I had dinner with friends who believe in a single-payer system. I had dismissed that but I had to ponder. On the one hand, yes, profit motivates innovation. On the other hand, profit motivates prioritizing profit over any other value. Profit is often made by cutting costs at the expense of people. Nowadays, people need jobs so they can be motivated to be extra productive by fear. Reward is not necessary. Hospitals jack up what they charge insurance companies for, e.g., IV tubing, and keep to the bare minimum what they pay people like aides who often work hardest taking care of patients and have the most contact with them.

  15. karen said,

    But, mockturtle… these people ARE the INDUSTRY!!! W/out them, w/out their gift of healing– what is there but a corn-fed cow @the trough of INDUSTRY?

    I know all about feeding other industries– we farm. I know a little about feeding cows, too(smirk)&, trust me– they have to be well fed in order to ~put it in the pail~, so to speak. Yet, we opted out of the current, commercial industry to go organic w/a new set of rules. The rules, at times– are incoherent to the reality of individual situations, which is a whole ‘nother thread- but, if we are the ones being represented and our health care sucks– we can, together- change it.

    Love my optimism?? I think i’m having a roller coaster morning:0).

  16. Donna B. said,

    Medicare and Medicaid may be among the last bricks in building this monstrous health care industry — but doctors and hospitals themselves are responsible for the insurance foundation upon which it is all constructed: Blue Cross/Blue Shield.

    This was their solution to the problem of being paid in commodities and profound gratitude instead of cash. The main reason that single payer won’t work (as currently proposed) is that it is still based on an insurance model — and insurance is the problem.

  17. mockturtle said,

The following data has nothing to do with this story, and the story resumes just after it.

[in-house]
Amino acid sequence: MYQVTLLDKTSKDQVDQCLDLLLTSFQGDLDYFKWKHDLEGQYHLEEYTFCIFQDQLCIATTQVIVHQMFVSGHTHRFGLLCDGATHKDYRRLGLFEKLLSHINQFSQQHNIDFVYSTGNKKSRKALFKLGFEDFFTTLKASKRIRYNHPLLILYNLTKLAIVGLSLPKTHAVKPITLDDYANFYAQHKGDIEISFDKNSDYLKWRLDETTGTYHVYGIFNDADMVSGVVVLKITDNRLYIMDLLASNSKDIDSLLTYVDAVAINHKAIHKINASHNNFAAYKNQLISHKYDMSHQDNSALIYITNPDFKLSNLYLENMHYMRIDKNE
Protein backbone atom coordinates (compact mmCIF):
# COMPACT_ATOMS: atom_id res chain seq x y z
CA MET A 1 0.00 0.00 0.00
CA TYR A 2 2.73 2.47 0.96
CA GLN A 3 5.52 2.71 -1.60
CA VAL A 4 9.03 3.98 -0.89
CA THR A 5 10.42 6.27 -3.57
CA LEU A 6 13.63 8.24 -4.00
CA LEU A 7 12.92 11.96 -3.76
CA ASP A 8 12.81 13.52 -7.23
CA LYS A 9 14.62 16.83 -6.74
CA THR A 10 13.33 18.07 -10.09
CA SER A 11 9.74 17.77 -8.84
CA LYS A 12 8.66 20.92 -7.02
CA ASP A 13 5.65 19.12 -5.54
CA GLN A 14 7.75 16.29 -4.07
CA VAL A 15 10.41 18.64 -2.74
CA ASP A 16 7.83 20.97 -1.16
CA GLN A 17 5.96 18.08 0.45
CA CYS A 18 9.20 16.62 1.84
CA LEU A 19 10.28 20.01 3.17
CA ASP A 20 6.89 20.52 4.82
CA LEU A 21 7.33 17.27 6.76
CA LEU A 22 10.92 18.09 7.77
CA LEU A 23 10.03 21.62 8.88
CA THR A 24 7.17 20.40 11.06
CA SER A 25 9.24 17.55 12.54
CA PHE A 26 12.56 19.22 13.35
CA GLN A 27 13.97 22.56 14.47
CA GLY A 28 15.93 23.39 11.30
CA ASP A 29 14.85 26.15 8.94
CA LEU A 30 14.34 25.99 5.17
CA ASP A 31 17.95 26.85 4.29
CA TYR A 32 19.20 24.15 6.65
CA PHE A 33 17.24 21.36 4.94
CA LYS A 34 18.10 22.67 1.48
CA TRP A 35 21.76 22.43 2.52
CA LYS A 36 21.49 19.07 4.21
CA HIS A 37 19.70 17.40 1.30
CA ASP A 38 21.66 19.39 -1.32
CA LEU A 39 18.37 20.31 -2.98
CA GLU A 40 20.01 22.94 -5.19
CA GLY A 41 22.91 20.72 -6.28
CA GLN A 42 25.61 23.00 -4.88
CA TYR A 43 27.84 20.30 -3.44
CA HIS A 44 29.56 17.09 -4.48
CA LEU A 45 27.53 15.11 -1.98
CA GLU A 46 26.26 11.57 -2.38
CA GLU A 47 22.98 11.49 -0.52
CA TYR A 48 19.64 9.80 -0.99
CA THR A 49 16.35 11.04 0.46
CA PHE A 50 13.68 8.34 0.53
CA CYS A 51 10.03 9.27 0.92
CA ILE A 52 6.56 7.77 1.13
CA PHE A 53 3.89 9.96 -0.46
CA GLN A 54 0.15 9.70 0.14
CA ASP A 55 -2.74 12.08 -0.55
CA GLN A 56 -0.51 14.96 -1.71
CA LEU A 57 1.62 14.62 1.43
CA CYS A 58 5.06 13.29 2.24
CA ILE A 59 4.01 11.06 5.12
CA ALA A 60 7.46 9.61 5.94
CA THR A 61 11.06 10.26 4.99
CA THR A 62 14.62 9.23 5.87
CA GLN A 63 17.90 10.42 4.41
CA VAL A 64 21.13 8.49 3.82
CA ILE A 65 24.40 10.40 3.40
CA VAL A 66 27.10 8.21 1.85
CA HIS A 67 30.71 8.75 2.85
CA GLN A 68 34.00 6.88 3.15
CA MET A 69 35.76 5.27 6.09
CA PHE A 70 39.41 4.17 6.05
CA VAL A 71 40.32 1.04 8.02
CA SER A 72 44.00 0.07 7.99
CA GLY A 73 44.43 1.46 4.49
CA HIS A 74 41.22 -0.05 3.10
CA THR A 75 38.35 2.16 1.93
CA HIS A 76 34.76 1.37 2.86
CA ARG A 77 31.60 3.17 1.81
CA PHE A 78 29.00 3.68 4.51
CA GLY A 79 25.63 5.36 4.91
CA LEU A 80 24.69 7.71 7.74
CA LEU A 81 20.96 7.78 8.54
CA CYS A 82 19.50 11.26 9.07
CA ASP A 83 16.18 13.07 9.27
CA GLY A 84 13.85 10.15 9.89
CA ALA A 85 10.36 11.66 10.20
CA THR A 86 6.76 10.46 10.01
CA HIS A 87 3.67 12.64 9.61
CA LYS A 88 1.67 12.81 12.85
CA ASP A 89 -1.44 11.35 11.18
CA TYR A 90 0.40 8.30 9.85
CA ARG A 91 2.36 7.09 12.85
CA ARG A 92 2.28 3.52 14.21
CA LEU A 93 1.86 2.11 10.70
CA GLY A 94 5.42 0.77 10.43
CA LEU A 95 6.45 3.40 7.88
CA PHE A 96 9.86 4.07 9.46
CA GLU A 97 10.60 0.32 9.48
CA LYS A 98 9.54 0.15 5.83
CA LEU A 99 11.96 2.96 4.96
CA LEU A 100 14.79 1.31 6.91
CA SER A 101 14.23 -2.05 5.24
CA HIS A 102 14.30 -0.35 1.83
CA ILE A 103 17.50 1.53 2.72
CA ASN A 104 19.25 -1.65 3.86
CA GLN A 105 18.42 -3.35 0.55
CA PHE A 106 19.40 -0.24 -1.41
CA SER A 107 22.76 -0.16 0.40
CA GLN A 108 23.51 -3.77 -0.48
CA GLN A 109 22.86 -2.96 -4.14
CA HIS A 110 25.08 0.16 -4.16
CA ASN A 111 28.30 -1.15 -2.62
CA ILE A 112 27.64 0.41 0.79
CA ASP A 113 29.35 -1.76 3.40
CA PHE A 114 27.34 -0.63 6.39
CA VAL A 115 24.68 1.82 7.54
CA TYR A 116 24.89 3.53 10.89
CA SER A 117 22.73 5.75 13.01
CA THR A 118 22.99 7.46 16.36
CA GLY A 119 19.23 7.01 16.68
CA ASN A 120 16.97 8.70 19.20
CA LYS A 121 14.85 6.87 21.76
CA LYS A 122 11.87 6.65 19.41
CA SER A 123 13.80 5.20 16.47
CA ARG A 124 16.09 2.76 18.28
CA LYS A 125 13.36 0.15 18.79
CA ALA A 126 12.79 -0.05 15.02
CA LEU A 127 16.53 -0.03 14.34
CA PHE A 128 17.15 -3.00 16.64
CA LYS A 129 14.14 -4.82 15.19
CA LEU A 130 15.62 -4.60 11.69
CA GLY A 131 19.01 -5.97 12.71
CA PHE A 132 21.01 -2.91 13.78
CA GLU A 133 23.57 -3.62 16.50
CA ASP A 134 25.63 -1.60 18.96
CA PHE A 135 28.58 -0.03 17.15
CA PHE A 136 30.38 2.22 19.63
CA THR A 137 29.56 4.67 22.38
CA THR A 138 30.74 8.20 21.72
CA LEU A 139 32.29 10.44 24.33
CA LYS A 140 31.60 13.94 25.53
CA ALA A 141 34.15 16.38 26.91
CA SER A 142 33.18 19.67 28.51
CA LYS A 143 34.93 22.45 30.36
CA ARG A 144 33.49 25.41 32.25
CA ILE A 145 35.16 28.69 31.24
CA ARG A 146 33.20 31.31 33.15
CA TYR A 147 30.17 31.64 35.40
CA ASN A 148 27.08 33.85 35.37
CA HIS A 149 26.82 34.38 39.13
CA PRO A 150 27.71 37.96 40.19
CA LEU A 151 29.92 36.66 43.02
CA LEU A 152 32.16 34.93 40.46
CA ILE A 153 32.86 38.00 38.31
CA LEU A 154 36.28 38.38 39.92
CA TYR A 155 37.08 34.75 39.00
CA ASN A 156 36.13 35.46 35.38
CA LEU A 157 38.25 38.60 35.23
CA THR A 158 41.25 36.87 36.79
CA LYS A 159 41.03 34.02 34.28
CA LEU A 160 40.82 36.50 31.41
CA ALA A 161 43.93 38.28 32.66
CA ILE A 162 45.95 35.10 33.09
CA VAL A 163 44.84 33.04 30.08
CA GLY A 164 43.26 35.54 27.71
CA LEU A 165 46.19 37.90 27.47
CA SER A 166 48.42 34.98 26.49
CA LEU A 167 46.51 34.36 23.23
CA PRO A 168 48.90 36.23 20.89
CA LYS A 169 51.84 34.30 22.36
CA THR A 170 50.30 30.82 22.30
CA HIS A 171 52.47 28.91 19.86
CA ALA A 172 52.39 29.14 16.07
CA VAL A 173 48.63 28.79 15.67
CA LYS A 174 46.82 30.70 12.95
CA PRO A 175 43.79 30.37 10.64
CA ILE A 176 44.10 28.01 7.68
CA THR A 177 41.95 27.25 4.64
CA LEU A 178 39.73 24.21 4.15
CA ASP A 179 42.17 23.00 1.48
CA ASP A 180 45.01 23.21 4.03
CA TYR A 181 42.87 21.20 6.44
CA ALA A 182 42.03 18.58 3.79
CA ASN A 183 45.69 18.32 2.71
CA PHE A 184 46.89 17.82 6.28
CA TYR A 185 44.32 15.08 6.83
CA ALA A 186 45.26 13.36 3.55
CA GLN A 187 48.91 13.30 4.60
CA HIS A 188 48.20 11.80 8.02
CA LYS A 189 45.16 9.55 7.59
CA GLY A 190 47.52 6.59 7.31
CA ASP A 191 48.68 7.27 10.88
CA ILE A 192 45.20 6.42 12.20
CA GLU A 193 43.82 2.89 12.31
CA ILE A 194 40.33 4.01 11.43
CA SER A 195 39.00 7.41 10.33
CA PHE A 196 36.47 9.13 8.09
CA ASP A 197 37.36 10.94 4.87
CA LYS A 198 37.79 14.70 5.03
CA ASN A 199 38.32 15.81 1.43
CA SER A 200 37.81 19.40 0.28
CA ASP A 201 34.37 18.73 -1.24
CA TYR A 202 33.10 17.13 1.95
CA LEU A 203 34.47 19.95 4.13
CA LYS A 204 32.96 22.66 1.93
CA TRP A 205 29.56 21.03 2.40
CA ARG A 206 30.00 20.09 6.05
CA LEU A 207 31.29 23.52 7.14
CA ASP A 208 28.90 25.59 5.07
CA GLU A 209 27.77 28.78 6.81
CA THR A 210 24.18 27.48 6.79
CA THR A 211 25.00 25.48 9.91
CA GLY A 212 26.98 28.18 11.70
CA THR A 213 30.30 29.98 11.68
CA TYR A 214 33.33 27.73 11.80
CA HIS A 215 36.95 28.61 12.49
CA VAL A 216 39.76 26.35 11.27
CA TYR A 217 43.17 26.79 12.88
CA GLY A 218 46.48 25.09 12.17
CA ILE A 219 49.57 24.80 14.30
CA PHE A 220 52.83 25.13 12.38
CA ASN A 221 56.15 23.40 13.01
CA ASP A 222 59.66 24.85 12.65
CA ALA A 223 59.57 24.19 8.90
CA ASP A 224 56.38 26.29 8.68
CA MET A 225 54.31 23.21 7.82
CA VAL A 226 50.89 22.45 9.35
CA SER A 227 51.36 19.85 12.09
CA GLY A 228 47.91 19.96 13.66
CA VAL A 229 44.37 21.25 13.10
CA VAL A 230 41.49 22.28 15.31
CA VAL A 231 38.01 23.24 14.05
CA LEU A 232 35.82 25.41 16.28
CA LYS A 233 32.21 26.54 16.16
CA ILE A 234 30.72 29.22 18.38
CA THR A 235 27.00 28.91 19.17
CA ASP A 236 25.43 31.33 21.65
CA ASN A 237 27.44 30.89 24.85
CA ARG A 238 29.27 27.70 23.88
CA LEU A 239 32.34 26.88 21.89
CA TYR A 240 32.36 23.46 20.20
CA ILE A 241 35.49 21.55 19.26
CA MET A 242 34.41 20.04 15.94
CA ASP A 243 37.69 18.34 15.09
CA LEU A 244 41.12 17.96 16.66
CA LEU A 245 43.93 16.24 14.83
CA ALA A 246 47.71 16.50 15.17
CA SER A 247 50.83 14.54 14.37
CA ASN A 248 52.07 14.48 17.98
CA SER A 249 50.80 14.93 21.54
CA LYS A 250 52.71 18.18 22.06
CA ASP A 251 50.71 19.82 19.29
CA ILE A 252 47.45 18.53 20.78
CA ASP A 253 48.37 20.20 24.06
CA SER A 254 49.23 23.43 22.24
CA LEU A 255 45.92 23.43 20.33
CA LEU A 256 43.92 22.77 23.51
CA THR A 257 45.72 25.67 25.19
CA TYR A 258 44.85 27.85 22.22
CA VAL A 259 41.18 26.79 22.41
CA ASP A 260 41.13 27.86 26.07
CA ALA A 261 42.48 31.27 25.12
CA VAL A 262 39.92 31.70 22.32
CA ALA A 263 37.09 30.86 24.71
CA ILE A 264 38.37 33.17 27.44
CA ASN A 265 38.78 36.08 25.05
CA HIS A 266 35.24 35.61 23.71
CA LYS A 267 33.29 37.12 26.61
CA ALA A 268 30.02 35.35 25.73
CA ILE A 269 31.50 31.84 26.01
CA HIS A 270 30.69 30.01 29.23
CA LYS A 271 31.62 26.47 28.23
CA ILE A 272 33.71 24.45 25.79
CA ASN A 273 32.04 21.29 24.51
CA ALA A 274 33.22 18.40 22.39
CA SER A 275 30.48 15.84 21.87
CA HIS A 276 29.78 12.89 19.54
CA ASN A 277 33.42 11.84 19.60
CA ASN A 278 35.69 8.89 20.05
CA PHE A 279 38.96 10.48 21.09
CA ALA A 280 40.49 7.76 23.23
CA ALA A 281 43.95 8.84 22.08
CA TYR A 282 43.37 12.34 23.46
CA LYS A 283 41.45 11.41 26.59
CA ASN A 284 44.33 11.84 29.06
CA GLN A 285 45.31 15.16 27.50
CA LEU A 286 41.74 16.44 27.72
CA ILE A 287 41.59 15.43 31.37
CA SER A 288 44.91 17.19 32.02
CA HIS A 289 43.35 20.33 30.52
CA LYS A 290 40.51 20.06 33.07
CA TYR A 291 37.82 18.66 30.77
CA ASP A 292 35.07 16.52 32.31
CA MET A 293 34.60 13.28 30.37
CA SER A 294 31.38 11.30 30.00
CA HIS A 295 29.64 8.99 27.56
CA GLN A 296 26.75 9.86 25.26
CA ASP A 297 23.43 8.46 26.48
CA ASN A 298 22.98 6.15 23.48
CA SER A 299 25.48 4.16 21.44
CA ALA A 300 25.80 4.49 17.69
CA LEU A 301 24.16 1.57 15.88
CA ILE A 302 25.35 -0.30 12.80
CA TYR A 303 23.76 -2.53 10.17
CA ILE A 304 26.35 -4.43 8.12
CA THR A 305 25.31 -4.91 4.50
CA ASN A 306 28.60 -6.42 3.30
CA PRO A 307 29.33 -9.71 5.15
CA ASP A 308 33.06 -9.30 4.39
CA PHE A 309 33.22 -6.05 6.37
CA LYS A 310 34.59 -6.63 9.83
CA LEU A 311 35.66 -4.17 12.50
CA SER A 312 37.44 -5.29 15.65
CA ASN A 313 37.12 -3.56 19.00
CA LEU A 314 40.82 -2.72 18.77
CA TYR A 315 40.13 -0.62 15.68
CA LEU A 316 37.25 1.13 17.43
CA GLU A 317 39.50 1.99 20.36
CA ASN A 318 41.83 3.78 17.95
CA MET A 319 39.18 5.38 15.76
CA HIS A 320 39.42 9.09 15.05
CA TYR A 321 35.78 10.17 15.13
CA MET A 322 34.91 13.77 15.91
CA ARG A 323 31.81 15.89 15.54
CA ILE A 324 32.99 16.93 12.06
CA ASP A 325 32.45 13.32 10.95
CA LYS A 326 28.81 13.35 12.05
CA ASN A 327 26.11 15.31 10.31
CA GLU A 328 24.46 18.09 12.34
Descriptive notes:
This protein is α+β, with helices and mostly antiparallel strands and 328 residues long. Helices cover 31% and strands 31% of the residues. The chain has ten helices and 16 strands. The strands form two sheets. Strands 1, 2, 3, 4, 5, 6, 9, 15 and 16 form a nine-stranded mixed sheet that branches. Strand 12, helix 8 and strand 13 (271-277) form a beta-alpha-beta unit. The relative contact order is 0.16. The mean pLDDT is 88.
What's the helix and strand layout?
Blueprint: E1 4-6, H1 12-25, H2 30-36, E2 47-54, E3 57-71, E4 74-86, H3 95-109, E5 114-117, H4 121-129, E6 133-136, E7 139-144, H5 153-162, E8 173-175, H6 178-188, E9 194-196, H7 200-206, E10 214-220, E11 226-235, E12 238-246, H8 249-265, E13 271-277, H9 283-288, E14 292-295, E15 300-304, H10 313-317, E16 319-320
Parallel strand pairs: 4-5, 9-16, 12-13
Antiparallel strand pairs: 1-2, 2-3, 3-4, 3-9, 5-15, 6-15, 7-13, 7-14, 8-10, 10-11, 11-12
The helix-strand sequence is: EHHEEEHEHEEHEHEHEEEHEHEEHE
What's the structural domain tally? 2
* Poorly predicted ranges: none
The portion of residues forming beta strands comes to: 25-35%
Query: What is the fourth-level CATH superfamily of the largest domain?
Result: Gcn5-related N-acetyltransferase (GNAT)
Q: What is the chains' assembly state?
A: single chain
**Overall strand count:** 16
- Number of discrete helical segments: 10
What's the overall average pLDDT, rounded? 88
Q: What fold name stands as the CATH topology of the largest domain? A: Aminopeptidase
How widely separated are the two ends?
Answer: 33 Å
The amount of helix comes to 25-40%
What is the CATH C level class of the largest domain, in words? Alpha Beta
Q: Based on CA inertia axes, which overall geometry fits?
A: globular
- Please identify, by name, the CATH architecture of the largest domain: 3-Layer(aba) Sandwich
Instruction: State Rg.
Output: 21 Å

Yes, that’s one reason–and I agree! Another reason is that it’s too large a country for a one-payer system. The bureaucracy would be out of control and fraud and abuse even more rampant than it is today [Trust me: Private insurance companies are far better at tracking costs than are Medicare & Medicaid.] I would much rather see a state-by-state program where the revenue would be collected at the federal level but apportioned to states. Each state would ration [yes, ration] their health care dollars according to its own unique population needs.

  18. mockturtle said,

    Each state would ration ITS health care dollars, not THEIR health care dollars. Hate not being able to edit a post after the fact…;-)

  19. karen said,

    Haven’t seen my neighbor again since this morning.

    Off to chores… (kinda funny story- i painted my nails w/Maeve last night and while milking this morning- the iodine dip changed my pearly colored nails to gold:0).)

  20. mockturtle said,

    the iodine dip changed my pearly colored nails to gold
    Weird!!

  21. amba12 said,

    The Midas touch!

  22. karen said,

    My neighbor came to give us the low-down last night– he has diabetes really bad, so the specialist doc informed him and his eye ailments are a direct result. They never took his actual blood reading, mind– but, said that there is blood behind the eye he can’t see out of.

    They did a battery of tests @1100$/cost & then they laser(ed) the better eye to ~clean~ it for a cost of over 6000$. No insurance. Hopefully, he will find the proper assistance thru the state, i mean- aren’t they supposed to take care of people that have a hard time making a living anywhere near poverty level?

    He also needs a doctor and a good, thorough check up and nutritional advice.

    He’s 60.

  23. mockturtle said,

    Karen, is his diabetes being treated at all?

  24. karen said,

    Mockturtle- he didn’t even KNOW he had diabetes!!!

    You know– ignorance may be bliss- until it kills us, eh? When i googled eye problems/diseases- i thought that a torn retina fit the symptoms&never suspected that his eyes would go so fast. I saw him again today, and he seems up-beat, but he MUST find a doc ASAP and see what’s up and how to fix. Dietdietdiet- nutrition #1, exercise– he’s beyond heavy, mostly a huge belly- and he needs to care about himself. I’m hoping(& praying).

    Both my folks have sugar, my dad is insulin dependent. 3X/day. I’ve seen his sugar so low he’s been on the ground before- and it’s so scary. My dad is very active, both my folks are, and my mom is careful how she feeds them.

    At the risk of sounding down, but in hopes of a heads up from Randy… life is hard:0).

  25. A said,

    Lord, I had what may be a hypoglycemia scare today, came here for some distraction. And what do I get?

  26. karen said,

    Take care, A.

  27. amba12 said,

    *wince* sorry . . . I should put warning labels on ‘em.